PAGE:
Hard and Soft
European stereotypes hold that American conservatives, under increasing evangelical influence, want morality to be systematically legislated. Actually, American evangelicals spend far more time shaping behavior in the private or civil sphere than through government. They teach personal values like family responsibility, clean living, self-discipline, voluntarism, and moral clarity in the face of wrongdoing. This ambitious project of private-sector character shaping is virtually without counterpart among purely secular Americans. And it is almost nonexistent in Europe, at least beyond the state-sponsored project of inculcating anti-racism, multiculturalism, and laicism as among the highest virtues.
In sum, American conservatives of nearly every stripe agree that the world is a complex and competitive place in which human nature and its limitations play pervasive roles. In such a world, good people are wise to cultivate individual skills and character traits, to limit centralizing power (especially government), to confront rather than duck serious challenges, and to get incentives right, especially for predators, with an eye toward encouraging virtue, and at least restraint.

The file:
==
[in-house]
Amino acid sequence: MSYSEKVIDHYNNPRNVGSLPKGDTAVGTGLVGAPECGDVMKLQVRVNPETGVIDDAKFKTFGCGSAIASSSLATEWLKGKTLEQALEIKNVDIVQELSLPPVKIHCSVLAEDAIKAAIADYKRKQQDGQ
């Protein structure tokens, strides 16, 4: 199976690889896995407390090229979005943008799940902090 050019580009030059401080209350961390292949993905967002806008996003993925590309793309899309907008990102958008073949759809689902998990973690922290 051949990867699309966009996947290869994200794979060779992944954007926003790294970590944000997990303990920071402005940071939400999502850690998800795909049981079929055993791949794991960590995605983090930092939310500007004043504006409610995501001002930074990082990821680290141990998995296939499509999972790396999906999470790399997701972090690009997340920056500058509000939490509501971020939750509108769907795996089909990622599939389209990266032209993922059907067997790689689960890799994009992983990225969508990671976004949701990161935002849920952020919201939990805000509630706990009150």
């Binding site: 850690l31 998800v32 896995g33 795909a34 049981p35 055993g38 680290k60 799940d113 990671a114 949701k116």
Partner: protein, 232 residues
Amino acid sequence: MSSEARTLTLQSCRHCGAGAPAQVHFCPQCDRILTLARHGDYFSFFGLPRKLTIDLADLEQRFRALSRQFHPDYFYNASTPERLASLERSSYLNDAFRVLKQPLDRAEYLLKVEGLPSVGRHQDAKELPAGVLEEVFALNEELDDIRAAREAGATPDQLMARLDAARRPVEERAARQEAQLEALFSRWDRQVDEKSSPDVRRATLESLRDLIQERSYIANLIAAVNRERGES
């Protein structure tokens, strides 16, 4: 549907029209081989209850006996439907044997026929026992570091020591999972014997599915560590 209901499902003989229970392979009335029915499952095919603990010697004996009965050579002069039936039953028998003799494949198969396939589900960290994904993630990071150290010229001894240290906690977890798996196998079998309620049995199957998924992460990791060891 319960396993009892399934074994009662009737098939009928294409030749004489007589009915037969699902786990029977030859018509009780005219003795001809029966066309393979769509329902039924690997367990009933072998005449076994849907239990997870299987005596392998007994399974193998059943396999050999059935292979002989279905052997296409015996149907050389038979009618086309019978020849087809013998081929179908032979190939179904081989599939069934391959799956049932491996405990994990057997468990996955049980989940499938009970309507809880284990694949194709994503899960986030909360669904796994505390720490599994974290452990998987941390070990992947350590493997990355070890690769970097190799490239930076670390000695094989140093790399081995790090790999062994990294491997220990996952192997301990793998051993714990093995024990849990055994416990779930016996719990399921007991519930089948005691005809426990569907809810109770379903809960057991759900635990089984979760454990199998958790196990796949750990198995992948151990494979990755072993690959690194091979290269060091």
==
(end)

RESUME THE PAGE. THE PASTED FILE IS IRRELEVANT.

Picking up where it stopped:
Different terms have been invoked to distinguish these conservative operating assumptions from their main alternatives. Television personality Chris Matthews is sometimes credited with the notion that Republicans and Democrats are, respectively, the "daddy" and "mommy" parties. Daddy tries to toughen citizens to cope with life's ordeals, while mommy tries to shield them from its harshness. U.C. Berkeley linguistics professor (and Democratic consultant) George Lakoff tweaks this to say that conservatives advocate the "strict father" model for America while progressives are "nurturant parents." The discerning journalist Michael Barone distinguishes between "hard" and "soft" America, representing, respectively, contemporary conservatism and liberalism.